What is a bad credit score? Plus how to improve
Table of contentsWhat is a bad credit score?How can bad credit negatively impact your finances?What factors determine your credit score?7 Ways to improve your credit
What is a bad credit score?
Your credit score is the number lenders use to assess the credit risk before deciding whether or not to extend credit to you. There are different models for scoring credit, but the two most popular, FICO and VantageScore, range from 300 to 850. Under this rubric, excellent credit is anything above 800; “very good” FICO scores range from 740 to 799; a “good” score ranges from 670 to 739; and 580–669 is considered “fair.”
Any score below 580 is considered poor. 16 percent of consumers fall in this range, with scores from 300 to 579. These scores are low enough that they might have a negative impact on your financial future.
How can bad credit negatively impact your finances?
Your credit score is the number that lenders check when determining your eligibility for all types of credit, including auto loans, personal loans, home loans, and credit cards. If you have bad credit, you might be rejected for the type of loan you want, or if you are approved, you might be stuck with higher interest rates.
Even if you’re not planning on buying a car or a house anytime soon, a bad credit score can make it harder to rent an apartment. According to a 2017 survey report from RentCafe, individuals with higher credit scores are more likely to be approved for rentals. The average credit score of approved applicants was 650, while the average credit score of rejected applicants was 538. Applicants with a credit score in the 500–600 range were approved for apartments 67% of the time, while applicants with a credit score below 500 were only approved 48% of the time.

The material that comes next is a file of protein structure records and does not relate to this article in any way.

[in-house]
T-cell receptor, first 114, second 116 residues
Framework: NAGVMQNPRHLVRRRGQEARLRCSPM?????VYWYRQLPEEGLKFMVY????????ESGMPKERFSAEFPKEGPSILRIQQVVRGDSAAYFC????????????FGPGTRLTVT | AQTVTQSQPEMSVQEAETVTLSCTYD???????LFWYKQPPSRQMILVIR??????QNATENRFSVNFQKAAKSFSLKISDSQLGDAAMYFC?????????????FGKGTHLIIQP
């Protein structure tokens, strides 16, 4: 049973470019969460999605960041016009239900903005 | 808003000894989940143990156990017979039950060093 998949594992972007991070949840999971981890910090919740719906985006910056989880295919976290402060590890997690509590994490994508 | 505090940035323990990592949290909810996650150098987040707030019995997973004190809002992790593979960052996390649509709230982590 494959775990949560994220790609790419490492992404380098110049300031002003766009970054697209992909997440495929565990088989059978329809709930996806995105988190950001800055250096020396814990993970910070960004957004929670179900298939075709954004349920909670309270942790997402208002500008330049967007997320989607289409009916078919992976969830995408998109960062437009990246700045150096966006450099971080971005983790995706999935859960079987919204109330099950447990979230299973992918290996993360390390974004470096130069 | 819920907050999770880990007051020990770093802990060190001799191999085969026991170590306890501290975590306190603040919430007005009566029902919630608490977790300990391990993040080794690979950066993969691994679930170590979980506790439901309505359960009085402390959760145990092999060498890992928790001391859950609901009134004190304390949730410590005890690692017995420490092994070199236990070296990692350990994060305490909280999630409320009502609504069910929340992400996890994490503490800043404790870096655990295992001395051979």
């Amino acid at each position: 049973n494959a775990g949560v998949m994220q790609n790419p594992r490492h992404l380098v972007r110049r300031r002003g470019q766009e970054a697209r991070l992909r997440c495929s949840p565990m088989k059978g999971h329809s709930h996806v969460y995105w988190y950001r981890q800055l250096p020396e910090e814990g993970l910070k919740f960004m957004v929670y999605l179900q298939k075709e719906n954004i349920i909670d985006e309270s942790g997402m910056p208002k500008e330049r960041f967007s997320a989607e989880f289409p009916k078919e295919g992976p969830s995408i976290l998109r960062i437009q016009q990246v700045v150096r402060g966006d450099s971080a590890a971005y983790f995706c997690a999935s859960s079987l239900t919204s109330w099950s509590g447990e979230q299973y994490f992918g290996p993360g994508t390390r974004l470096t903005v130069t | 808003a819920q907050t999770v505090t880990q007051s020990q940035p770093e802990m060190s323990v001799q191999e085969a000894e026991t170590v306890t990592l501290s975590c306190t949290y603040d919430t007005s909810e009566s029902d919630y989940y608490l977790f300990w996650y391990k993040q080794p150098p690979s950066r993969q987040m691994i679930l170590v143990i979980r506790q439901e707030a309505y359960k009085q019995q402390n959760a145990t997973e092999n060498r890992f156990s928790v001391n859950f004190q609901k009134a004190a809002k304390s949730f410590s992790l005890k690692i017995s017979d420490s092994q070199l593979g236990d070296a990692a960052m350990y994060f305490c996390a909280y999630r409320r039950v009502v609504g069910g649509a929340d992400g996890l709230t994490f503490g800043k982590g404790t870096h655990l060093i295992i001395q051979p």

What factors determine your credit score?
Consumer credit bureaus pull your credit file and use the information to create your three-digit credit score. There are five factors they use to determine this number:
Payment history: This accounts for the largest chunk of the credit score (35%) and shows whether you make loan and credit card payments on time.
Accounts owed: This is the second largest part of the credit score (30%) and has to do with how much money you currently owe on your credit cards and loans.
Average age of credit: The age of your credit accounts for 15% of your credit score.
New credit: This makes up 10% of your credit score and refers to any recent checks on your credit report. (This does not include soft inquiries, which are requests you make yourself.)
Credit mix: The final 10% of your credit score is determined by types of credit accounts: revolving and installment. Having a mix of both revolving and installment credit looks best to lenders.
7 Ways to improve your credit
If you have poor credit, it can take years to rebuild. Fortunately, there are proven ways to improve your score.